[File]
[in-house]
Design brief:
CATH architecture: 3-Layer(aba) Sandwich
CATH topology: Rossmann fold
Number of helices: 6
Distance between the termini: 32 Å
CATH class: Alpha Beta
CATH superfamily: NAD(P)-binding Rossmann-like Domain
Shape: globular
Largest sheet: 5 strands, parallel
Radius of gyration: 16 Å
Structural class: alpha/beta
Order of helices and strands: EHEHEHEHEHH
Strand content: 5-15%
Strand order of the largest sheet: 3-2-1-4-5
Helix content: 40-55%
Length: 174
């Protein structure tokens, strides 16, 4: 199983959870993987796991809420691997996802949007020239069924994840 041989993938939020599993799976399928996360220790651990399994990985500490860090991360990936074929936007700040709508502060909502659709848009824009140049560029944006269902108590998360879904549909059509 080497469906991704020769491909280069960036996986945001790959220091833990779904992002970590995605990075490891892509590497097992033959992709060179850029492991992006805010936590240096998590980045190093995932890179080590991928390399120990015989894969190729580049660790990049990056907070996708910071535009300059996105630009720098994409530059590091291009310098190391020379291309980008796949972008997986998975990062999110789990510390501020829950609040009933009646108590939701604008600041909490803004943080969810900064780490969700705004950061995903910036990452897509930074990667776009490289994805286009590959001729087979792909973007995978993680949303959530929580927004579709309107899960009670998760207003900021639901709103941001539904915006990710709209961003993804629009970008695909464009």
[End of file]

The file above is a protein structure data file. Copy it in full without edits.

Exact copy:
[in-house]
Design brief:
CATH architecture: 3-Layer(aba) Sandwich
CATH topology: Rossmann fold
Number of helices: 6
Distance between the termini: 32 Å
CATH class: Alpha Beta
CATH superfamily: NAD(P)-binding Rossmann-like Domain
Shape: globular
Largest sheet: 5 strands, parallel
Radius of gyration: 16 Å
Structural class: alpha/beta
Order of helices and strands: EHEHEHEHEHH
Strand content: 5-15%
Strand order of the largest sheet: 3-2-1-4-5
Helix content: 40-55%
Length: 174
């Protein structure tokens, strides 16, 4: 199983959870993987796991809420691997996802949007020239069924994840 041989993938939020599993799976399928996360220790651990399994990985500490860090991360990936074929936007700040709508502060909502659709848009824009140049560029944006269902108590998360879904549909059509 080497469906991704020769491909280069960036996986945001790959220091833990779904992002970590995605990075490891892509590497097992033959992709060179850029492991992006805010936590240096998590980045190093995932890179080590991928390399120990015989894969190729580049660790990049990056907070996708910071535009300059996105630009720098994409530059590091291009310098190391020379291309980008796949972008997986998975990062999110789990510390501020829950609040009933009646108590939701604008600041909490803004943080969810900064780490969700705004950061995903910036990452897509930074990667776009490289994805286009590959001729087979792909973007995978993680949303959530929580927004579709309107899960009670998760207003900021639901709103941001539904915006990710709209961003993804629009970008695909464009």